Awaking in the early hours of DECEMBER 2nd, 1968, the partially deaf daughter of Mrs. Jean Penfold, 25, found her mother lying nearly naked in a pool of blood at their council flat in Woolwich, south-east London. Mrs. Penfold, who lived together with her daughter, had been beaten to death.

A 26-year-old builder’s labourer who was known to the family and was questioned by the police, he admitted that he had been drinking that night, and that between closing-time on December 1st and midnight he had driven around Woolwich “looking for a woman.” He also admitted going to Mrs. Penfold’s flat just after midnight. He said he had left when he received no reply to his knocks on the door.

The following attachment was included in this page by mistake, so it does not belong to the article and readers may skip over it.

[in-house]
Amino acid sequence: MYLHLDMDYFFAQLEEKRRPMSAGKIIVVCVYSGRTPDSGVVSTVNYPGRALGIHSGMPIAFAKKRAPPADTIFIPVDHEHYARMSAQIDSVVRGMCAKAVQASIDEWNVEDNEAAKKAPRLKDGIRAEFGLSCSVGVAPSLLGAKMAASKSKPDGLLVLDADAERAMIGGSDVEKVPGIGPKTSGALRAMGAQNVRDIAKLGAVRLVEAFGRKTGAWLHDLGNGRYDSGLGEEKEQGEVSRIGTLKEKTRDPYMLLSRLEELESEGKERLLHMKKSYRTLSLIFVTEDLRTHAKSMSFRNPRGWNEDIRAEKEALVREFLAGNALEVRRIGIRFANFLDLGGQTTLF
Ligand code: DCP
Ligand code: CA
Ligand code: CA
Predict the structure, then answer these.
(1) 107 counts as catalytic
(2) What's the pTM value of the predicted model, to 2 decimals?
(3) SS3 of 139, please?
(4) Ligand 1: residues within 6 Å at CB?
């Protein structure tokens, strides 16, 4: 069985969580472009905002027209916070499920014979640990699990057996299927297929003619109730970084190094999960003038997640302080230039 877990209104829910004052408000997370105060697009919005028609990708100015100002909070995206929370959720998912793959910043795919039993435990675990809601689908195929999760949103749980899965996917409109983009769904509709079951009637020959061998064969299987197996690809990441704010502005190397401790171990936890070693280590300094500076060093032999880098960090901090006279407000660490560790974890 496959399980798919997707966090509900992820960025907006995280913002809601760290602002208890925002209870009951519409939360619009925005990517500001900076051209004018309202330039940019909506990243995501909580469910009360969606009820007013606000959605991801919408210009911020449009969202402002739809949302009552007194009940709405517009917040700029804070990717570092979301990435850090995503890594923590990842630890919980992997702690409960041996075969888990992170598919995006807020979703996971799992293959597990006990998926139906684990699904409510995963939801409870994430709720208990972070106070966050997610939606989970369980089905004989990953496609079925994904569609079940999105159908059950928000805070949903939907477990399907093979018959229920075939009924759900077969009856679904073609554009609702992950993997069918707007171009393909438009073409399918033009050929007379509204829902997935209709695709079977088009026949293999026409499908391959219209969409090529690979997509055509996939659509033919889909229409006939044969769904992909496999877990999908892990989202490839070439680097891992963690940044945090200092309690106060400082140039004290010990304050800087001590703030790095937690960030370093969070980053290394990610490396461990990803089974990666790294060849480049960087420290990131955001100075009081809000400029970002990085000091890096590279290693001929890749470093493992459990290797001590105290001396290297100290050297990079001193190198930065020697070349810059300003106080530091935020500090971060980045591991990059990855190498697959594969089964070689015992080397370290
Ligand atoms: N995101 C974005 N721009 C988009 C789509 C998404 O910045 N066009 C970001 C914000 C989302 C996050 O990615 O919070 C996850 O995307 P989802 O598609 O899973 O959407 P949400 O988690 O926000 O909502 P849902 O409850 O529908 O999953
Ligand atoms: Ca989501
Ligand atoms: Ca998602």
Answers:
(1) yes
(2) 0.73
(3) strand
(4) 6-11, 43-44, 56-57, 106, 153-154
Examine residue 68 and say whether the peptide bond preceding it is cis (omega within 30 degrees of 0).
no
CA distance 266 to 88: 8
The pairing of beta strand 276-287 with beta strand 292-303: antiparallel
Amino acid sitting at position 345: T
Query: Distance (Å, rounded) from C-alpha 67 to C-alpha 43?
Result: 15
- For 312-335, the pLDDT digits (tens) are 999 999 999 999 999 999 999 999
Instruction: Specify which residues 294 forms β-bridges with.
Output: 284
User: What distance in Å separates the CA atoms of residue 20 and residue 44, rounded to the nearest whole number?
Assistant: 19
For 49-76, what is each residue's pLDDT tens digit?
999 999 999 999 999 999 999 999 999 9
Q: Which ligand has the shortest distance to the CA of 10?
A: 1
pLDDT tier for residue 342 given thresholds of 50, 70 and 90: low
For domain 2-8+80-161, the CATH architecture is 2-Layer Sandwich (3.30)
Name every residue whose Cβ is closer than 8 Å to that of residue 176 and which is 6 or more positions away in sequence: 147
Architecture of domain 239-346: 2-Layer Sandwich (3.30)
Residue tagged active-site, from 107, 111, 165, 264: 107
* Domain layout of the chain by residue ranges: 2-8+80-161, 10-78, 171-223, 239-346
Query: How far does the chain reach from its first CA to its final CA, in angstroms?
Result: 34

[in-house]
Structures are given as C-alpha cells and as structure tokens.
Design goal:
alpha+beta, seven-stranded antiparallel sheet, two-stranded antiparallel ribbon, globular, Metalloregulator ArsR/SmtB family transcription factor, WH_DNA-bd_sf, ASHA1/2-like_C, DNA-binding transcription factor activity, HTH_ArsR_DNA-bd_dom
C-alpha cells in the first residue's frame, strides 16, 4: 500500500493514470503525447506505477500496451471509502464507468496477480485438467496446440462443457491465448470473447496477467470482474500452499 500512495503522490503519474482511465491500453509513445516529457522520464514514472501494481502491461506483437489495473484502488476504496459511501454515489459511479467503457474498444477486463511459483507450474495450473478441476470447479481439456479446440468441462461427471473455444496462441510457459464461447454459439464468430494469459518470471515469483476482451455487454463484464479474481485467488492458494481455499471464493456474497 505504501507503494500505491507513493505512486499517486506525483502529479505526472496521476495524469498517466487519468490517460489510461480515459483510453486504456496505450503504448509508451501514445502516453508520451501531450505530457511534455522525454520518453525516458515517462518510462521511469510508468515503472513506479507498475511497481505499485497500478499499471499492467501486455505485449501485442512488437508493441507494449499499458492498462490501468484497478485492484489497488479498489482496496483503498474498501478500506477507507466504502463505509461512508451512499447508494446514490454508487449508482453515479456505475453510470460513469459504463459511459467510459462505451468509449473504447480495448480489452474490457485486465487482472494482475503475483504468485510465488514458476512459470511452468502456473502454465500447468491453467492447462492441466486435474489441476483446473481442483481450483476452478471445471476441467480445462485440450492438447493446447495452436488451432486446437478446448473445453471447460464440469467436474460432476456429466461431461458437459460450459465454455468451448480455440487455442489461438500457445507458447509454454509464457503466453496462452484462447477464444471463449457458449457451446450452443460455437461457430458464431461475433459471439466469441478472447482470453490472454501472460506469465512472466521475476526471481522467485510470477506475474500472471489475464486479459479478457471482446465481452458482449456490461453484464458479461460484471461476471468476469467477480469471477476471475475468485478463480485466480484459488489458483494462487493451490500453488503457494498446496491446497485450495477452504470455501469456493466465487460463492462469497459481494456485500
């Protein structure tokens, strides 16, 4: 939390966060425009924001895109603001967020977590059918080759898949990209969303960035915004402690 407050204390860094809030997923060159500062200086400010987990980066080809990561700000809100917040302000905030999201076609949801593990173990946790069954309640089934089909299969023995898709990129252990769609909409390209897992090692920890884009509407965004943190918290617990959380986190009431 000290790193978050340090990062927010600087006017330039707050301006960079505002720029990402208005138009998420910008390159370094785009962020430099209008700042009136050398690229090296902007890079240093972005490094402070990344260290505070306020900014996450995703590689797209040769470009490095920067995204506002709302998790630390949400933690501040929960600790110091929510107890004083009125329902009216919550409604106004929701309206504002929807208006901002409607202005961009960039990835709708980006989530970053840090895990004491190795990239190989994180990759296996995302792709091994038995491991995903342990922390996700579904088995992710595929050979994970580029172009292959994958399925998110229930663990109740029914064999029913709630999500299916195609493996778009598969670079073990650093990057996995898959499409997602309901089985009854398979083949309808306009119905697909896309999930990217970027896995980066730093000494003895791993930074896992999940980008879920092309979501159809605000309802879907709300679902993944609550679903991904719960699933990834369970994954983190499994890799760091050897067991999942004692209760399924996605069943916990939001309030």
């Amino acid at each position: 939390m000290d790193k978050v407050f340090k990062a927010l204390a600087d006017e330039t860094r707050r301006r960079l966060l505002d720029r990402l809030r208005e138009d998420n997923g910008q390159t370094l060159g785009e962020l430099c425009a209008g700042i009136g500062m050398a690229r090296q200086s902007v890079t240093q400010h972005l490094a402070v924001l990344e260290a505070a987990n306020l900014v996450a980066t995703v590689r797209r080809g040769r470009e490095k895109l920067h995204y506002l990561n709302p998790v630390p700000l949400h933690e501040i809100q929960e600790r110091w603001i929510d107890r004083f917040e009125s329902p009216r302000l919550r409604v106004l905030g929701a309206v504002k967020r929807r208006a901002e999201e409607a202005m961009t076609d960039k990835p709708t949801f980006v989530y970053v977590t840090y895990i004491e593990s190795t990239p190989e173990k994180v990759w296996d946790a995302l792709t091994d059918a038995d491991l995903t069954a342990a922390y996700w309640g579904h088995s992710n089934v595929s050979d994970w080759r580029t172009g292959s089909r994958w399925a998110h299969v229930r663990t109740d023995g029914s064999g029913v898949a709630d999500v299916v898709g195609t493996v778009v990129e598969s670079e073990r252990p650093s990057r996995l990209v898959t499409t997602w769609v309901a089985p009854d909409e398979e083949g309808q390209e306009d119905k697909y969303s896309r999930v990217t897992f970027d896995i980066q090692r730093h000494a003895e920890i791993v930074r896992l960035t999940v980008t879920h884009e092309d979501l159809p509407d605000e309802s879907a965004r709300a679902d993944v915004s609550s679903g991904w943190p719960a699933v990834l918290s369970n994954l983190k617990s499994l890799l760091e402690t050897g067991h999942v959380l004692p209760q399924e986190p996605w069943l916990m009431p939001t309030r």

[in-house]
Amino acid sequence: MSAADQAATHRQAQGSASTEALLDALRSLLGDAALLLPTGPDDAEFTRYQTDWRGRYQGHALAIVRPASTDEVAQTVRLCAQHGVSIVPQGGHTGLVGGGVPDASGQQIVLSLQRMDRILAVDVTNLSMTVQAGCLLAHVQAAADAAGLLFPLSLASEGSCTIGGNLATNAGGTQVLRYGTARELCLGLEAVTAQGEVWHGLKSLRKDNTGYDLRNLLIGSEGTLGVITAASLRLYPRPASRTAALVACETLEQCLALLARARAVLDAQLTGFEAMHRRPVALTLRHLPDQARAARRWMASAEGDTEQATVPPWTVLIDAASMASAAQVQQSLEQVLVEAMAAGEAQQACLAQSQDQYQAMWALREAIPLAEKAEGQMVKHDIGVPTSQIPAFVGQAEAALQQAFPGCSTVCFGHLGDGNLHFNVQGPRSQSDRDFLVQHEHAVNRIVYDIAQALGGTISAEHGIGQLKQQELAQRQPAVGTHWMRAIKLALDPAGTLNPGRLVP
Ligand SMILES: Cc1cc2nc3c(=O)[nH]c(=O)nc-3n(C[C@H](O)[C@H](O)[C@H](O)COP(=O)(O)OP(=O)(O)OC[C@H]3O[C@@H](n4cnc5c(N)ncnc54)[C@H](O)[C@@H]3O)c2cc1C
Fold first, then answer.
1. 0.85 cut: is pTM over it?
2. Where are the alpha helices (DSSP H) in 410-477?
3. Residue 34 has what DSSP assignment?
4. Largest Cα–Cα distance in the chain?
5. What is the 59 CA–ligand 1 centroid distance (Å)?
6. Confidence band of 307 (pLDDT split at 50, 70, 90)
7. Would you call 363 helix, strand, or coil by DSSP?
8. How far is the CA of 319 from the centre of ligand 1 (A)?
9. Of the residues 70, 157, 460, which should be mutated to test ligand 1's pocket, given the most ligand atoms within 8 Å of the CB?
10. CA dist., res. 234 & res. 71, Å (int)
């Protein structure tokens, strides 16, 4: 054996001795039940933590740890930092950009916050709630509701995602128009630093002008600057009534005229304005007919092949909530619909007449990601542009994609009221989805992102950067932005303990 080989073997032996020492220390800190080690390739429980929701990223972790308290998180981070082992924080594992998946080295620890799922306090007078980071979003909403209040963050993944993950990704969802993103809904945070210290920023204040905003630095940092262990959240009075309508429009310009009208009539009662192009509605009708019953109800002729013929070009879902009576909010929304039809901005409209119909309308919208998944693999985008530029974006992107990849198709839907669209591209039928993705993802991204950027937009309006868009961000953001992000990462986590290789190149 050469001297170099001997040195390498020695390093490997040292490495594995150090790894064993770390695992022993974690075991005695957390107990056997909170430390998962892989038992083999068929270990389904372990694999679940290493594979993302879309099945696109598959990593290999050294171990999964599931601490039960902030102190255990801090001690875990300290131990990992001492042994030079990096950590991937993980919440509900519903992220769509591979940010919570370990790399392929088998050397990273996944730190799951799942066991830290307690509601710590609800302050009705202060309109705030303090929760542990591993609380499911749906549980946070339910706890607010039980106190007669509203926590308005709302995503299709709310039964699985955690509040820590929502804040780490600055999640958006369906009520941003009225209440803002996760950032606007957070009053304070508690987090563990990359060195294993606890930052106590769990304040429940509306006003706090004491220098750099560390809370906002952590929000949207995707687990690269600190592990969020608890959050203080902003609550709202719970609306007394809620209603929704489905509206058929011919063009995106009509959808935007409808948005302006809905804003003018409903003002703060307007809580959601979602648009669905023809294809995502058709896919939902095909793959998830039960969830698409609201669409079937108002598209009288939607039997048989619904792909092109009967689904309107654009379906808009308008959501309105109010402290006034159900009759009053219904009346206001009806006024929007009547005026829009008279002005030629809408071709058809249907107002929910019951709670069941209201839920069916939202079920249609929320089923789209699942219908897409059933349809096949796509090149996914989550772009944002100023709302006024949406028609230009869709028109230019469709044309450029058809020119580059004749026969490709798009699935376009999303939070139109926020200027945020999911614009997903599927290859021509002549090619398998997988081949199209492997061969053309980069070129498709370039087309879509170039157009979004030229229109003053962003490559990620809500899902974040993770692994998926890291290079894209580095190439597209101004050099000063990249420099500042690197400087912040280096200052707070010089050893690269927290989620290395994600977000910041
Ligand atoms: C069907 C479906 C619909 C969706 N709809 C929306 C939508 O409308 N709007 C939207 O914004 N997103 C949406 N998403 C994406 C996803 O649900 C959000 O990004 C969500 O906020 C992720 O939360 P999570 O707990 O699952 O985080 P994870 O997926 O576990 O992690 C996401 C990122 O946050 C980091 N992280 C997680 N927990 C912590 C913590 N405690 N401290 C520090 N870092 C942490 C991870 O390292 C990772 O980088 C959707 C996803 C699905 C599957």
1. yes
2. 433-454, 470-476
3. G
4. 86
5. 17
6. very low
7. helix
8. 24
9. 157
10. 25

Minute spots of blood were found on his shoes and on his blue suit. They were of the same blood group as Mrs. Penfold’s, and he was charged with her murder.

At his trial at the Old Bailey in June 1969, although there was no evidence of sexual assault, the prosecution suggested that this was the motive for Mrs. Penfold’s murder.

The man was convicted, but in March 1970 the Appeal Court ordered a retrial after hearing that the defence had significant new forensic evidence. At the second trial Dr. Alan Grant, senior lecturer in forensic science at Guy’s Hospital, said that the spots of blood found on the suspect’s suit would have been much larger and clearly visible if he were the killer. Moreover, Mrs. Penfold’s blood group was a common one, and it was suggested that the blood on the man’s shoes had come from a fatal accident at a building site.

On May 6th, 1970, he was acquitted. He was believed to be the first man in English legal history to face two juries on the same murder charge and be found guilty by one and innocent by the other, the power to grant a retrial having been introduced six years earlier.